own take of the Gender and Fan Studies conversation that took place on
his blog over the past several months and through 22 rounds. The series
featured participation from C3's Joshua Green and Sam Ford, as well as
C3 alum Geoffrey Long and consulting researchers Aswin Punathambekar,
Robert Kozinets, and Jason Mittell.
Follow the Blog
Don't forget – you can always post, read, and carry out
online conversations with the C3 team at our blog.
I recently wrote an article for Vodaphone’s Receiver
about LOLCats and Internet memes for a themed issue about
"communities." The article is available here:
It argues that, while the Internet meme is generally
regarded as a weightless, goofy curiosity, they can be understood
instead as devices for community formation as legitimate as any other.
I come at this from two angles, suggesting first the somewhat cryptic
nature of many memes - such as the peculiar Engrish of the LOLCat phenomenon or the
obscurity of the humor in something like All
Your Base - represent barriers to understanding that allow the
formation of particular communities of understanding around these
cultural objects. Understanding, or tolerating, or participating in the
language jokes at icanhascheezburger requires the application of a
certain form of expert knowledge:
These elements are seen as odd when the objects
interact with broader culture, and they often become a source of
fascination for a short period of time, fueling the memetic spread of
such materials. The oddity of these features produce a particular set
of linguistic barriers that enable the lolcat community to distinguish
itself and patrol it’s boundaries. In some respects, communities such
as these are akin to the expert communities we associate with education
and authority. The lolcat community would seem in some ways similar to
the science community, which likewise requires certain modes of
linguistic performance in order to gain entry. Understanding the
scientific method, and its requisite report style, comprises a barrier
to entry perhaps comparably complex as being able to decipher the
Engrish of lolcat forums. Or perhaps not.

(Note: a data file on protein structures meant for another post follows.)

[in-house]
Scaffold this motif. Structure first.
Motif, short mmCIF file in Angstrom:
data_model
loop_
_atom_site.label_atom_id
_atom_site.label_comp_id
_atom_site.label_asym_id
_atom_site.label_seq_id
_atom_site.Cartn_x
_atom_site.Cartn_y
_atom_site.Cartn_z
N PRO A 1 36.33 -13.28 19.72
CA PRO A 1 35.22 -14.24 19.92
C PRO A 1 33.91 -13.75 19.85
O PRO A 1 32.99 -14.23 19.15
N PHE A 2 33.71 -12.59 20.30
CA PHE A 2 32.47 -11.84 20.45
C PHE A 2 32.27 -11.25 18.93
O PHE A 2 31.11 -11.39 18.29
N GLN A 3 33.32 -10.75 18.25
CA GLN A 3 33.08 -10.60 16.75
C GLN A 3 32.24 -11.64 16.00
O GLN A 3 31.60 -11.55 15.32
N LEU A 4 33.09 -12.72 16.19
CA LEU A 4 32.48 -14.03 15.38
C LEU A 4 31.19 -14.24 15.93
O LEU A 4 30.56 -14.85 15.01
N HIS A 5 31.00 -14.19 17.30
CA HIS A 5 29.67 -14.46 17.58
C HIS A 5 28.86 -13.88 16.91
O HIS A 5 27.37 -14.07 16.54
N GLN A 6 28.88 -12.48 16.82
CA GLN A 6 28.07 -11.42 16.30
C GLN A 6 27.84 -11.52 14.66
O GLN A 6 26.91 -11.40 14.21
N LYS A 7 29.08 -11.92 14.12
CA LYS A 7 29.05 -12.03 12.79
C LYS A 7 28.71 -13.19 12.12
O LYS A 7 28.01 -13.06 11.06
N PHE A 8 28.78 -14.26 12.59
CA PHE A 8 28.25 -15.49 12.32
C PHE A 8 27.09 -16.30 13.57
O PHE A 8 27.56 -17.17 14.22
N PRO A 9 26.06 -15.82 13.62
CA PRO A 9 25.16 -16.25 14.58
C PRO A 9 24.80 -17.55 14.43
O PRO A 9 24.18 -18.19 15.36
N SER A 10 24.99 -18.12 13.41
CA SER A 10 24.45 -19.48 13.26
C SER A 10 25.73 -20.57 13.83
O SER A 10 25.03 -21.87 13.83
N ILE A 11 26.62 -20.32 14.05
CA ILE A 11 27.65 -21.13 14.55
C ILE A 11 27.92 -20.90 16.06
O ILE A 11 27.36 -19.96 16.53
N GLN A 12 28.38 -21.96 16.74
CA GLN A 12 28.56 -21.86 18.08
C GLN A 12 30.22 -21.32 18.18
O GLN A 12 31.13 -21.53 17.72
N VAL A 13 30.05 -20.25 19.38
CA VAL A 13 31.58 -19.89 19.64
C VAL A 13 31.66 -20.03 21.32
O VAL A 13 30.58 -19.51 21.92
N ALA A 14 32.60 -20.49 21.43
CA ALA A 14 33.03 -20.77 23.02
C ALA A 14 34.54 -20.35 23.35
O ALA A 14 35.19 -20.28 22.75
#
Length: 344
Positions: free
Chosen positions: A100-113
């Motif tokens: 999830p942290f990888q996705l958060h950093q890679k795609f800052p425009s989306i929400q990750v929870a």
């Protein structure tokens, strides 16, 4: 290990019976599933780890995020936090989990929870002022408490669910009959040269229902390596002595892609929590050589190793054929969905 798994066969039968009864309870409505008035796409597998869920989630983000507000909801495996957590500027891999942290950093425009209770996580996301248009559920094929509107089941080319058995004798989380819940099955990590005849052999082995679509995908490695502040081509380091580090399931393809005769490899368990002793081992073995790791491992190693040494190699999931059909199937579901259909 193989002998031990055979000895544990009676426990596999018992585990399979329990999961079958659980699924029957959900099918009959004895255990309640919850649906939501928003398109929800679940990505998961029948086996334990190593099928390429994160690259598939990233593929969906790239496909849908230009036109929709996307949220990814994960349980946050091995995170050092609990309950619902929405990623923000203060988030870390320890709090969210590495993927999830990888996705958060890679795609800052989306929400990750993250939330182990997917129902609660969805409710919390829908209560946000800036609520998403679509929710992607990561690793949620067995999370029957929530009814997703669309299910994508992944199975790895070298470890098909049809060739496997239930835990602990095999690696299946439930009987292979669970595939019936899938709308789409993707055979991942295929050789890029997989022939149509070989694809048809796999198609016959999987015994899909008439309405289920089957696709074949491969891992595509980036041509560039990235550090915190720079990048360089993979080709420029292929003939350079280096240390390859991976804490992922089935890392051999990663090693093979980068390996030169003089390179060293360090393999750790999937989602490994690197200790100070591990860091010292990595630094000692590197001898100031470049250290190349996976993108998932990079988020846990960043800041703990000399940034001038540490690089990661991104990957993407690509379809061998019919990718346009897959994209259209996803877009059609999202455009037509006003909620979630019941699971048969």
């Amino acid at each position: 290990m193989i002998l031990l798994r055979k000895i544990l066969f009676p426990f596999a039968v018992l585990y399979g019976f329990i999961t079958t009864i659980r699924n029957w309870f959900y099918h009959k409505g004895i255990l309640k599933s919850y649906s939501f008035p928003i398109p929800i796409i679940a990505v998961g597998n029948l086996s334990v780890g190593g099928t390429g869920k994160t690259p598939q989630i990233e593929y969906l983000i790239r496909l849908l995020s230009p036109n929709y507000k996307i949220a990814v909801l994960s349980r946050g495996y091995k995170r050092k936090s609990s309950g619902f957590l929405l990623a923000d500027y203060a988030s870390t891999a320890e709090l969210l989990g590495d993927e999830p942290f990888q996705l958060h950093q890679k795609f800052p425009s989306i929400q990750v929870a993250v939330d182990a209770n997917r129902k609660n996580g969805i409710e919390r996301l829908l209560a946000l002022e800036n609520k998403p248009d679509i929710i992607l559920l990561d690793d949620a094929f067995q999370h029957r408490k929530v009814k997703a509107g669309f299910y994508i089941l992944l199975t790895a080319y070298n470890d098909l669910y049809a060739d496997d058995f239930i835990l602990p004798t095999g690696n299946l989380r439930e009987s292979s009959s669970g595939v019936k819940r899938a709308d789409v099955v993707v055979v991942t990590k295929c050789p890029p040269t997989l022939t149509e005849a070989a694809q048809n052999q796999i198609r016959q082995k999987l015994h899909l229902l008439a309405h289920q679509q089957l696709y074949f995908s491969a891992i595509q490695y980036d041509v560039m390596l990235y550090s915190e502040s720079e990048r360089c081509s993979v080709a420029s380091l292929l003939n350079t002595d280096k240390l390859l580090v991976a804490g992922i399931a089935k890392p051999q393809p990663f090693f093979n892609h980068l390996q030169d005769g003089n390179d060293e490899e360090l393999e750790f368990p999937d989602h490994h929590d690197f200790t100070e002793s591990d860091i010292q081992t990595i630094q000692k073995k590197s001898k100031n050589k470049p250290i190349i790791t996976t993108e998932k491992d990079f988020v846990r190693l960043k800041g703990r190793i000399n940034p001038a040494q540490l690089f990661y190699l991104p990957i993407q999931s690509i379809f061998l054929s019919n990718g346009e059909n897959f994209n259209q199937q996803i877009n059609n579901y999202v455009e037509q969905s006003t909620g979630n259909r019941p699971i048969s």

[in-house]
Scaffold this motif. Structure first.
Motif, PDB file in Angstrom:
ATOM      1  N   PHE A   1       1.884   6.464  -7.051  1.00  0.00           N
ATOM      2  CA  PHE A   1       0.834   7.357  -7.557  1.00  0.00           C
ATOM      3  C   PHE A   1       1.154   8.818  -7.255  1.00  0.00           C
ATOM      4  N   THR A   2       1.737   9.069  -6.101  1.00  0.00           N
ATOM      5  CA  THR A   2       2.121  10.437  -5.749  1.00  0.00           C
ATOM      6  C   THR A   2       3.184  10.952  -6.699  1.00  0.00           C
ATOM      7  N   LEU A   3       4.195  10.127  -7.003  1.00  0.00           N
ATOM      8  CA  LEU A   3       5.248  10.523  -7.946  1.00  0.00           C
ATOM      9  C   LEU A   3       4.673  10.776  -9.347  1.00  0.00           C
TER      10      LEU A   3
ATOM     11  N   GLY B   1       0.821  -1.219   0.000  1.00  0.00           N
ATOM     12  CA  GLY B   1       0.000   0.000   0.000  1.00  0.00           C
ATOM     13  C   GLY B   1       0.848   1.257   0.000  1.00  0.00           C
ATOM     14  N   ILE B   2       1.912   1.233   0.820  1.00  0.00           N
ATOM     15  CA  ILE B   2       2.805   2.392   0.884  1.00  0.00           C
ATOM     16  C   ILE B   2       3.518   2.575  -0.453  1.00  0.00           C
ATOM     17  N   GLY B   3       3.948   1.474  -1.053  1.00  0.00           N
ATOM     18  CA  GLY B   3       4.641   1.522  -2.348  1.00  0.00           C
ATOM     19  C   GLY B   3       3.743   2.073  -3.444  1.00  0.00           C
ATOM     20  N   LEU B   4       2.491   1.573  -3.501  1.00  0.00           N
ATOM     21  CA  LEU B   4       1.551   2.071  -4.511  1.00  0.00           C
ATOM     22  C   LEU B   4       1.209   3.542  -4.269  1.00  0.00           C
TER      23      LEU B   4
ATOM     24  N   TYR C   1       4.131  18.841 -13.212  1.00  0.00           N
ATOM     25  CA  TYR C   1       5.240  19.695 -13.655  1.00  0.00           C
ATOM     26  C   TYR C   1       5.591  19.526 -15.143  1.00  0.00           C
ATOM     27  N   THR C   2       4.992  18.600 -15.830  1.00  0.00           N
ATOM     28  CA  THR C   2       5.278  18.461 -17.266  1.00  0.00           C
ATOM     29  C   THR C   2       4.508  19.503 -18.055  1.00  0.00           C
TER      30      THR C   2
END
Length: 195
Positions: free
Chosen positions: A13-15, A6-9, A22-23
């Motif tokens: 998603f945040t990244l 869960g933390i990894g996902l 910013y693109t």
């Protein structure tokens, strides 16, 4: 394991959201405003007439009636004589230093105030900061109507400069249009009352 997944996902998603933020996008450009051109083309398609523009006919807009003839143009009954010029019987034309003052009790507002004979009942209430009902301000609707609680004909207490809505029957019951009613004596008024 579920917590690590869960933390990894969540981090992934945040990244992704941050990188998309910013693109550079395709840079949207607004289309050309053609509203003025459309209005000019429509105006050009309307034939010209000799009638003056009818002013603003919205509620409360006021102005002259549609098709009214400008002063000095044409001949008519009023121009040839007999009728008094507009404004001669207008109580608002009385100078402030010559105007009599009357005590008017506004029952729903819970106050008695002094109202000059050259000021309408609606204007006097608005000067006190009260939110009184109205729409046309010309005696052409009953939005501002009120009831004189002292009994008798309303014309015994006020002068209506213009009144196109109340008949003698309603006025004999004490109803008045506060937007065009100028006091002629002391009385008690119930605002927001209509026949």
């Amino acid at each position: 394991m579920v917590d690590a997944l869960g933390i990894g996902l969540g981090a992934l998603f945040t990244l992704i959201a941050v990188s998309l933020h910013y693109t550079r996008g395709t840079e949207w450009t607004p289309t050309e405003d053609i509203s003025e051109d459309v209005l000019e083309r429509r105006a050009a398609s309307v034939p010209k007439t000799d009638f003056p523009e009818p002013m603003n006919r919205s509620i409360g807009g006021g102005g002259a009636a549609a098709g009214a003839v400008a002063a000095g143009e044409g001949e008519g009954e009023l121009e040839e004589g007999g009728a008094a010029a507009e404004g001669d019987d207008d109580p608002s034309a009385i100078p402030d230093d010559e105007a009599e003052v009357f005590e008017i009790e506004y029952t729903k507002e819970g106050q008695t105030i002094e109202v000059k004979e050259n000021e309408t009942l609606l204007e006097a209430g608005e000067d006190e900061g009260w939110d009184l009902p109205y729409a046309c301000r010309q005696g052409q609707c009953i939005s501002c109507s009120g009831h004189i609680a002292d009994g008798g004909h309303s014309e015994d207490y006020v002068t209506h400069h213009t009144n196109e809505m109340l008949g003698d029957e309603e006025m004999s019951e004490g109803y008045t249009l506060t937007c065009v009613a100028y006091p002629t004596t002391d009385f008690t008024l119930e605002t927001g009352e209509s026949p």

Second, however, I argued the act of passing on this
content, of participating in a meme, was one that facilitated the
formation of tactical communities, providing globalized citizens with
common cultural touchstones:
Participating in the energy an Internet meme
can create, can provide an act of community formation that is tactical
for the dispersed consumer. The buzz that emerges around a meme can
provide short term status as an insider; participation in a community
that comes without the obligations and investment required for
long-term sustenance. This is the form of community we see emerging
around one-shot curiosities, of which Tay Zonday’s ‘Chocolate Rain’ is
a good, recent example.
It is this latter point I want to touch on briefly here.
The team has been thinking and working for the past few months about
"viral media." Especially if you listen to the sounds coming from the
Word of Mouth Marketing Association, "viralness” is the new-old thing.
Fueled by the rise of online video, the emergence of social networking
sites, the increased networking of the developed world, and the
harnessing of fans as advocates and evangelists, water-cooler
discussion and email forwarding are amongst the the hottest modes of
message dispersion in the convergence media space. Which is great, if
you’re the Word of Mouth Marketing Association.
Some of the things we’ve been talking about, however,
includes what "viralness” might actually mean, because, if every sort
of WOM pass-along can be considered viral, the term itself loses